The four-day conference attracts thought leaders, innovators, sustainability practitioners, and brand strategists from around the globe. The main feature is the Innovation Expo. Attendees can sign up for workshops, innovation labs, and programming activities centered around making the world a better place.

The expo is divided into Good Life Pavilions aligned to different market sectors such as chemistry, energy, and finance, as well as topics including circularity and resource management. There is even a section for storytellers like National Geographic that are adept at inspiring behavioral change.

As a Good Life Lounge Sponsor for Circular Economy, SAP is hosting a number of interactive dialogues around strategic topics. One topic close to the heart of SAP leaders at the conference is the issue of ocean plastic.

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Leading Where It Counts

Last year, Stephen Jamieson, head of SAP Leonardo in the UK and Ireland, helped create the “Plastics Cloud” as a platform to tackle the issue of single-use plastic. The initiative compiles information and uses machine learning to identify materials and forecast trends in plastics purchasing and recycling, enabling services to meet demand. It also shares data with consumers to help them understand their own plastics impact.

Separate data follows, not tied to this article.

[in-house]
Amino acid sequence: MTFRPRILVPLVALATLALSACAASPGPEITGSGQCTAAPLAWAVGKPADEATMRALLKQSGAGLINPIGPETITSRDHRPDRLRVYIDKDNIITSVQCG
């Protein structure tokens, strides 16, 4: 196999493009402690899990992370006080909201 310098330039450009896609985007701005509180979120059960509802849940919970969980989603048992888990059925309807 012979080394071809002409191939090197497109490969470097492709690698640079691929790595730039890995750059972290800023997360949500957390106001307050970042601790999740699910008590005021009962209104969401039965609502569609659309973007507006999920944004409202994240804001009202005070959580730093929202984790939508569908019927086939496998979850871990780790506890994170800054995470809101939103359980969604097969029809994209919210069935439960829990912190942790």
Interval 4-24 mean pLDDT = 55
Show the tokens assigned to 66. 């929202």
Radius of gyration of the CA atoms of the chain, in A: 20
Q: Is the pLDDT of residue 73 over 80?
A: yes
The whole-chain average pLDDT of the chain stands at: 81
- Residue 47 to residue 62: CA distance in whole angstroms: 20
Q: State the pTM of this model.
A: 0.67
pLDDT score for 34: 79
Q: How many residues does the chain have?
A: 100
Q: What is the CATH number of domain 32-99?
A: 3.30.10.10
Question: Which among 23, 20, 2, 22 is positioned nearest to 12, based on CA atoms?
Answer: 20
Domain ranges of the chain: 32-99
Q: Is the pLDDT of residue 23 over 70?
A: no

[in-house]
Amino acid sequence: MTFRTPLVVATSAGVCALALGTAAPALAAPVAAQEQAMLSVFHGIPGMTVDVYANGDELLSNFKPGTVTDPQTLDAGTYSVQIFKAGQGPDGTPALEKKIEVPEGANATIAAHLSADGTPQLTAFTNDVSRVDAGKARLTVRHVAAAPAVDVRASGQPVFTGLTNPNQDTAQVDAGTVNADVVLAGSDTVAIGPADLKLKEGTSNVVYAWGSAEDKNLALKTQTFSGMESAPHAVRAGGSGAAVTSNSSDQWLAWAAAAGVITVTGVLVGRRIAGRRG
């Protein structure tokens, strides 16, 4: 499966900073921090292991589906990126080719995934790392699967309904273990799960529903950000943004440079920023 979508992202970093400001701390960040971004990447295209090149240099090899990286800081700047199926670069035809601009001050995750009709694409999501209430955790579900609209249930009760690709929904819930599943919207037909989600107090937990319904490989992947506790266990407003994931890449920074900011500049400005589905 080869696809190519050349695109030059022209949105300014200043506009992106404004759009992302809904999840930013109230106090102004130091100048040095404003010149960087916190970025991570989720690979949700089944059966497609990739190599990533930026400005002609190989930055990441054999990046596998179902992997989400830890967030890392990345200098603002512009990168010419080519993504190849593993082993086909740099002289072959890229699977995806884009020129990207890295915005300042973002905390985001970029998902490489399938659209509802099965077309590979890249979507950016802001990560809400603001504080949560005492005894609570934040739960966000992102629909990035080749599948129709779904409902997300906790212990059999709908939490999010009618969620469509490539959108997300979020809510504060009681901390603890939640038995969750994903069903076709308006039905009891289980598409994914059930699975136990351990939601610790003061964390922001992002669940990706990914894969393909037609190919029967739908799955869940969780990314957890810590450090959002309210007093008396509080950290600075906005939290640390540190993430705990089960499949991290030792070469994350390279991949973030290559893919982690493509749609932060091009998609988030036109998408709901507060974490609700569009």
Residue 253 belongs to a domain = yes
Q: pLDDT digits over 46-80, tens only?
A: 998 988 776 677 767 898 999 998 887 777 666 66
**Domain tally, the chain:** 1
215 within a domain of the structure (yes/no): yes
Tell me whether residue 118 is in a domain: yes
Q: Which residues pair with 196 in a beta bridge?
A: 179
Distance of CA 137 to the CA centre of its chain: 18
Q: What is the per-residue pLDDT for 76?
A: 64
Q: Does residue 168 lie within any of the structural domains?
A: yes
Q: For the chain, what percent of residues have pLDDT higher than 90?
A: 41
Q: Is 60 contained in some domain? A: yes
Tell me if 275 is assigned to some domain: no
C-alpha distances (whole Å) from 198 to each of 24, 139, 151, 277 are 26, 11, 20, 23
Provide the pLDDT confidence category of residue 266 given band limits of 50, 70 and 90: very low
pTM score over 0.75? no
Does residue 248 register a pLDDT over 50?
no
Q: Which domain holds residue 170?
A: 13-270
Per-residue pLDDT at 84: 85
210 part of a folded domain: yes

At the same time, Padmini Ranganathan, global vice president of Products and Innovation at SAP, onboarded Plastics for Change onto Ariba Network helping to integrate the informal waste-picker economy into more formalized supply and demand systems for secondary materials.

Jamieson’s initiative and Ranganathan’s work with plastics pickers were two of the key drivers behind SAP’s sponsorship of the Ocean Plastic Leadership Summit led by James Sullivan, head of Sustainable Innovation at SAP, and Alex van der Ploeg, head of Corporate Social Responsibility at SAP.

As Mohammed Ali said, “impossible is temporary.” That sentiment was echoed again and again during the ocean summit by the 170 producers, scientists, researchers, and innovators participating in the event. While ocean plastic pollution is an enormous issue, Sullivan believes that if governments, non-governmental organization (NGOs), consumers, and industry leaders team up, it can be solved in 10 years. Most of the plastic enters the ocean through five rivers in Asia. Experts believe that by reducing plastic materials in rivers by just 20 percent over the next seven years, oceans would revert to plastic levels of the 1990s.

The technology to fix this exists today. What is lacking is the investment needed to develop this infrastructure where it is needed the most, compounded by a failure in the demand and supply of recycled materials.

Companies that are sustainable brands play a huge role in the solution. They are transforming their businesses with circular models that enable consumers and producers to refuse, reduce, reuse, re-purpose, and recycle. Together they are creating a sustainable foundation for the good life of the future.